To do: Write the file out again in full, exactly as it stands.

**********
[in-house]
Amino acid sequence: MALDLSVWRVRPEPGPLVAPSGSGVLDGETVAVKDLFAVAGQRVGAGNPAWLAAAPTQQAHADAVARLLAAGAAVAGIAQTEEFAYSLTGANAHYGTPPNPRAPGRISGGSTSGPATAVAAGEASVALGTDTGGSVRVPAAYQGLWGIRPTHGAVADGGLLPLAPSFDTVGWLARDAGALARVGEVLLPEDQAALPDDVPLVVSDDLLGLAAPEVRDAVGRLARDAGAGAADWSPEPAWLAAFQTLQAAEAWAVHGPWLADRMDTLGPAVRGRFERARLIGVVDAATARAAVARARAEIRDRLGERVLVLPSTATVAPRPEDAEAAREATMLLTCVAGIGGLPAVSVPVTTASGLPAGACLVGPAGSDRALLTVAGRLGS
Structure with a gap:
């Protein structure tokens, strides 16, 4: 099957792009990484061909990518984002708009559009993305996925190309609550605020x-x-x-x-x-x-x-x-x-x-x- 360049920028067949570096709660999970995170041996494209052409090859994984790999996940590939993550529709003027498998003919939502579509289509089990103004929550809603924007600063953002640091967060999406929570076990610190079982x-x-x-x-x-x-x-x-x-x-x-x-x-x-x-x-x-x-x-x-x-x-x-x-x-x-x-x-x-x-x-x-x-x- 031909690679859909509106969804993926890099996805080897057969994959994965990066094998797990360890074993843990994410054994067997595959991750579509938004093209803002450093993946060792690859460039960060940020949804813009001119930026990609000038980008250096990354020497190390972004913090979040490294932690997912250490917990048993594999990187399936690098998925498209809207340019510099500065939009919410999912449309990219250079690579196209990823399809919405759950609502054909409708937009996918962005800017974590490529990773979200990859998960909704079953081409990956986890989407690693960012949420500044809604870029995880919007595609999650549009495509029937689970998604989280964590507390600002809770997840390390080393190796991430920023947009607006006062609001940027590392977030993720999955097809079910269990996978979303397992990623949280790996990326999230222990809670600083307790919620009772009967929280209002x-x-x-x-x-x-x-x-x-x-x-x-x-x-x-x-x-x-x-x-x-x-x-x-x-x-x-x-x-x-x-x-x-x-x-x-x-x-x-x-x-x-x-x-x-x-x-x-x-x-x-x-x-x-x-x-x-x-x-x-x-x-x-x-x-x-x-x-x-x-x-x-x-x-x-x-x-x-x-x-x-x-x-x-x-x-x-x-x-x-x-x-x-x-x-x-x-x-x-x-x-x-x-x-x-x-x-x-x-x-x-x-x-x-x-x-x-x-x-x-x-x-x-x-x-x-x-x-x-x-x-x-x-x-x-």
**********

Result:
[in-house]
Amino acid sequence: MALDLSVWRVRPEPGPLVAPSGSGVLDGETVAVKDLFAVAGQRVGAGNPAWLAAAPTQQAHADAVARLLAAGAAVAGIAQTEEFAYSLTGANAHYGTPPNPRAPGRISGGSTSGPATAVAAGEASVALGTDTGGSVRVPAAYQGLWGIRPTHGAVADGGLLPLAPSFDTVGWLARDAGALARVGEVLLPEDQAALPDDVPLVVSDDLLGLAAPEVRDAVGRLARDAGAGAADWSPEPAWLAAFQTLQAAEAWAVHGPWLADRMDTLGPAVRGRFERARLIGVVDAATARAAVARARAEIRDRLGERVLVLPSTATVAPRPEDAEAAREATMLLTCVAGIGGLPAVSVPVTTASGLPAGACLVGPAGSDRALLTVAGRLGS
Structure with a gap:
């Protein structure tokens, strides 16, 4: 099957792009990484061909990518984002708009559009993305996925190309609550605020x-x-x-x-x-x-x-x-x-x-x- 360049920028067949570096709660999970995170041996494209052409090859994984790999996940590939993550529709003027498998003919939502579509289509089990103004929550809603924007600063953002640091967060999406929570076990610190079982x-x-x-x-x-x-x-x-x-x-x-x-x-x-x-x-x-x-x-x-x-x-x-x-x-x-x-x-x-x-x-x-x-x- 031909690679859909509106969804993926890099996805080897057969994959994965990066094998797990360890074993843990994410054994067997595959991750579509938004093209803002450093993946060792690859460039960060940020949804813009001119930026990609000038980008250096990354020497190390972004913090979040490294932690997912250490917990048993594999990187399936690098998925498209809207340019510099500065939009919410999912449309990219250079690579196209990823399809919405759950609502054909409708937009996918962005800017974590490529990773979200990859998960909704079953081409990956986890989407690693960012949420500044809604870029995880919007595609999650549009495509029937689970998604989280964590507390600002809770997840390390080393190796991430920023947009607006006062609001940027590392977030993720999955097809079910269990996978979303397992990623949280790996990326999230222990809670600083307790919620009772009967929280209002x-x-x-x-x-x-x-x-x-x-x-x-x-x-x-x-x-x-x-x-x-x-x-x-x-x-x-x-x-x-x-x-x-x-x-x-x-x-x-x-x-x-x-x-x-x-x-x-x-x-x-x-x-x-x-x-x-x-x-x-x-x-x-x-x-x-x-x-x-x-x-x-x-x-x-x-x-x-x-x-x-x-x-x-x-x-x-x-x-x-x-x-x-x-x-x-x-x-x-x-x-x-x-x-x-x-x-x-x-x-x-x-x-x-x-x-x-x-x-x-x-x-x-x-x-x-x-x-x-x-x-x-x-x-x-």